Just days ago, Roku sent out an email to users that YouTube TV may leave the platform due to a dispute with Google. Unfortunately, that warning became a reality today, and the YouTube TV channel is no longer available for new users to download. Existing customers get a pass—for now.
Update: After publish, Google released a lengthy statement on the YouTube blog site. We’ve summarized some of the points below, but recommend reading it in full.
If you already have YouTube TV and you’re signed in to your account on your Roku device, you can continue using the app. But the YouTube TV app isn’t in Roku’s app store anymore, so if you just bought a new device, you won’t be able to download it. And even if you do have it downloaded, new subscribers can’t log in. Existing users are the only people that escape the crossfire between the two behemoth companies. At least for now, Roku or Google could always insist that come to an end, too.
Unfortunately, this isn’t the first breakdown in contract negotiations between platforms and contact providers, whether that’s traditional cable and channel content or a digital platform like Roku and streaming channels. We doubt it will be the last.
For its part, Roku released the following statement to 9to5Google:
We are disappointed that Google has allowed our agreement for the distribution of YouTube TV to expire. Roku has not asked for one dollar of additional financial consideration from Google to renew YouTube TV.
We have only asked Google for four simple commitments. First, not to manipulate consumer search results. Second, not to require access to data not available to anyone else. Third, not to leverage their YouTube monopoly to force Roku to accept hardware requirements that would increase consumer costs. Fourth, not to act in a discriminatory and anticompetitive manner against Roku.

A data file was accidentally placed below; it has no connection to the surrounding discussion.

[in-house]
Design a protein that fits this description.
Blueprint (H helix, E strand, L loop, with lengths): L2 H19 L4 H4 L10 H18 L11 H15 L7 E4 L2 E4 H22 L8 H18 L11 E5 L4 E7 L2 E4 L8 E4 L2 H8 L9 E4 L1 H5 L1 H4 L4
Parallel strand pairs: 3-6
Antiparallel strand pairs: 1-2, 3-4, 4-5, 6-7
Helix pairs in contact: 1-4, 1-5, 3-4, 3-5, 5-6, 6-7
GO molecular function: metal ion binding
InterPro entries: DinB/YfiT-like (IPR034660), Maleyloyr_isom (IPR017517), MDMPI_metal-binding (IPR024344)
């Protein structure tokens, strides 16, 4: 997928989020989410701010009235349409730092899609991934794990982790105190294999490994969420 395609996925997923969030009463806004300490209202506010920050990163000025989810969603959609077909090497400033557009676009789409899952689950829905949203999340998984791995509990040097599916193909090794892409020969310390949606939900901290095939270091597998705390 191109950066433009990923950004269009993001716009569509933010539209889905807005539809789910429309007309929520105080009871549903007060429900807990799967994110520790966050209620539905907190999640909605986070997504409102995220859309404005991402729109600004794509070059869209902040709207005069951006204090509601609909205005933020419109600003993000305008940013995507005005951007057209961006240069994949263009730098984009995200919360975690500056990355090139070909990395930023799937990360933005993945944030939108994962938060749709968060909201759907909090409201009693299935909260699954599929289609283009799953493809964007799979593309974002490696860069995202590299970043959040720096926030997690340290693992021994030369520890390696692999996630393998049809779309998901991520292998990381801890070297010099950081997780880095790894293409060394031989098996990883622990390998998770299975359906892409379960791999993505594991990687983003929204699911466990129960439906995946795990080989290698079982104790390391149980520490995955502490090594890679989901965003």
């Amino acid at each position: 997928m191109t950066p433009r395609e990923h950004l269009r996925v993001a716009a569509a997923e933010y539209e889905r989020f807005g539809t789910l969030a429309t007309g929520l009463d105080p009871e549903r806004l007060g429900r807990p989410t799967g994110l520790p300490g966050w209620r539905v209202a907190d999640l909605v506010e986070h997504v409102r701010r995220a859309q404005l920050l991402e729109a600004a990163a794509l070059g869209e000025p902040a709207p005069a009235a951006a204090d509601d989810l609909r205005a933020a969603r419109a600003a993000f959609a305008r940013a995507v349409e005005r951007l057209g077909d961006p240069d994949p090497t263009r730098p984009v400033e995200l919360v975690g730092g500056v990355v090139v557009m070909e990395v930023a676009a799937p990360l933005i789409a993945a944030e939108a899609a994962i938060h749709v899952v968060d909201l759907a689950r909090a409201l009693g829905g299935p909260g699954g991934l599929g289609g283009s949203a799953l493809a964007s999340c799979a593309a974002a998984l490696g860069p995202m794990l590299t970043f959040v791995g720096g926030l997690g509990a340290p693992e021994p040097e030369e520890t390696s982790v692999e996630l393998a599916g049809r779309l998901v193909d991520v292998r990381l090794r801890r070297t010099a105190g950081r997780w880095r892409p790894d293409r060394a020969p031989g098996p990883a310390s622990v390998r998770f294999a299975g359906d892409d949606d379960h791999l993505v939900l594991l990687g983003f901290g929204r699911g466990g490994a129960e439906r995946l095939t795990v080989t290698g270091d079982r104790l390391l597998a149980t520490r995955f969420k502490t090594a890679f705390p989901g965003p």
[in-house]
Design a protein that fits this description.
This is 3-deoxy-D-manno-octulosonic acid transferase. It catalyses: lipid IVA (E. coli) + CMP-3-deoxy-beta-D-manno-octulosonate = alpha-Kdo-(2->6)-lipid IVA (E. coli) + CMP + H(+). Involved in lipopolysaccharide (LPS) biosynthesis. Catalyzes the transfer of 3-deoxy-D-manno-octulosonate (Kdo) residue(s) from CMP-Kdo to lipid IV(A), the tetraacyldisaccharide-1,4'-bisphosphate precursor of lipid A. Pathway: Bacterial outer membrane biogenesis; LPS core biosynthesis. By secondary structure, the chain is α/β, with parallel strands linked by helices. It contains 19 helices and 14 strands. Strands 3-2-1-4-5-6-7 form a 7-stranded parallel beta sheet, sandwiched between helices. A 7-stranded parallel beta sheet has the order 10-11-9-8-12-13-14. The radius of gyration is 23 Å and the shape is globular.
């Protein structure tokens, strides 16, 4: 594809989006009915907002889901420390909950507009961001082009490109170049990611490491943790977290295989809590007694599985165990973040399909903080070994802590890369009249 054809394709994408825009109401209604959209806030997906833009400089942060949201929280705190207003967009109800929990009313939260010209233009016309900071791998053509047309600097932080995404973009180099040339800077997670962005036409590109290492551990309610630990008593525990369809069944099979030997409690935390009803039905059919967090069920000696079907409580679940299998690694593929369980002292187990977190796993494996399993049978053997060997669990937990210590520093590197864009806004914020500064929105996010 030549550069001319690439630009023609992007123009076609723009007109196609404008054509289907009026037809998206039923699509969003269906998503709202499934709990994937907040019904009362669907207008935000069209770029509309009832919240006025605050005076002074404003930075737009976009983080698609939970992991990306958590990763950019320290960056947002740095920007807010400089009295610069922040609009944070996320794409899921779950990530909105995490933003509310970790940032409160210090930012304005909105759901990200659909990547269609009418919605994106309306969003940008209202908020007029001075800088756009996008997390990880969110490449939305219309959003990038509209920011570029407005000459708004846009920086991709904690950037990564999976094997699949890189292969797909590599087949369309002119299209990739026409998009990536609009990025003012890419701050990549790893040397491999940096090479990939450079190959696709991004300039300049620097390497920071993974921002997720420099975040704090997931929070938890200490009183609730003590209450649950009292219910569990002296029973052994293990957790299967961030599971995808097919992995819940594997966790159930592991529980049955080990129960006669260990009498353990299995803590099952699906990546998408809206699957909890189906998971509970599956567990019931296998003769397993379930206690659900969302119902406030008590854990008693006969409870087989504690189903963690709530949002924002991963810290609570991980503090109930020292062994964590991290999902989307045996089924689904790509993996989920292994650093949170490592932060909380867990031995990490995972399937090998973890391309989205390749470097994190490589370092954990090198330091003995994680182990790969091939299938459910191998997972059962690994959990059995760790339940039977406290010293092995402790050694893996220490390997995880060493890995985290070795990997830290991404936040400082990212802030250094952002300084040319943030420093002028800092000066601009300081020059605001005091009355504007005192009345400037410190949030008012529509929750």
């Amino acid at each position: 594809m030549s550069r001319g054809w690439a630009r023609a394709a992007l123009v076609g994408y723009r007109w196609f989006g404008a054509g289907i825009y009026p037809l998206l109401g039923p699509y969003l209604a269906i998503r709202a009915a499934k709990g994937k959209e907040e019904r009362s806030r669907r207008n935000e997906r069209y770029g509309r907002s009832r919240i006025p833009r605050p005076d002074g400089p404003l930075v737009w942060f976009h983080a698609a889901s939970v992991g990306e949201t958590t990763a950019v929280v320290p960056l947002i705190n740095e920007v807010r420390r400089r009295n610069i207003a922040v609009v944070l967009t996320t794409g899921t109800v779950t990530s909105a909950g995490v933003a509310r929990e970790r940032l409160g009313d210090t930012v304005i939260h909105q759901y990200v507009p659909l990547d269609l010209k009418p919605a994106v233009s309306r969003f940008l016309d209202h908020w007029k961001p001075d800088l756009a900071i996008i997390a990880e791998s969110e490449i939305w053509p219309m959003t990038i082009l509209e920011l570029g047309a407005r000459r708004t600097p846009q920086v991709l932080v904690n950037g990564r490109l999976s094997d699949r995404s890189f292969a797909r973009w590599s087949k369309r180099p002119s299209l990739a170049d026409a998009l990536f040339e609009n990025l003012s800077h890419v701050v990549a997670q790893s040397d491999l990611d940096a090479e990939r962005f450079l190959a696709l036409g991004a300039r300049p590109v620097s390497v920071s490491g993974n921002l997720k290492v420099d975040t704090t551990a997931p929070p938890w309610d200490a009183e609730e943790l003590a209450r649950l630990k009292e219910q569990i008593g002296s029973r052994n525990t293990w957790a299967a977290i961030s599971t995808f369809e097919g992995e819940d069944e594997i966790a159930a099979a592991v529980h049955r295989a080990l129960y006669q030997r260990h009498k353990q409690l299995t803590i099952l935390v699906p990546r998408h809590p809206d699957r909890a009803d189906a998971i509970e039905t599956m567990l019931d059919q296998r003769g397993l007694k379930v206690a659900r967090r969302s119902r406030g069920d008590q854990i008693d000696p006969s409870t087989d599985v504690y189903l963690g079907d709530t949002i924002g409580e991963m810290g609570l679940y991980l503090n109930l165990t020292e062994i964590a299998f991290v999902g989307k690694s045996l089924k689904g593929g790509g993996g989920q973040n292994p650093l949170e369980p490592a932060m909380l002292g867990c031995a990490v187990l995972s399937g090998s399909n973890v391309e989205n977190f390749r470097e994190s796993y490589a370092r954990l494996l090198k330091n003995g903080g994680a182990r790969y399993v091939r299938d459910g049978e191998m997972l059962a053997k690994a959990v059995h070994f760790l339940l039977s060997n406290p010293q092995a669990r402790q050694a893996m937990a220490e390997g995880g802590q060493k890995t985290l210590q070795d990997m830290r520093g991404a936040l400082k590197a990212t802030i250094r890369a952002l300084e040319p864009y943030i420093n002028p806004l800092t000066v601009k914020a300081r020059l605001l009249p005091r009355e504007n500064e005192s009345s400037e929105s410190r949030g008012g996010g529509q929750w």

Because our contract has expired, we have removed YouTube TV from our channel store. To continue to provide our users with a great streaming experience, we are taking the extra step to continue to offer existing subscribers access to YouTube TV on the Roku platform unless Google takes actions that require the full removal of the channel. Because of Google’s conduct, new subscriptions will not be available going forward until an agreement is reached.
Google hasn’t responded with its own statement, and it’s not clear if or when the two companies will find common ground. The only thing clear is that when two companies like this fight, consumers are the real losers.
Update: After publishing, Google released a lengthy statement telling its side of the story. According to Google, the crux of the dispute doesn’t hang on YouTube TV, but the YouTube app instead, which won’t see its contract expire until December. Google’s disagreement seems to settle on need for “technical requirements” to achieve a “high quality experience on YouTube.” Google claims Roku requested exceptions to those requirements, and that Google could not grant them as it would make 4K and 8K YouTube content not work on devices that otherwise promise support. You can head to the YouTube blog to see Google’s full take on the situation.
It’s hard to say who’s in the right and the wrong, but with disputes like these the truth is often somewhere in the midddle.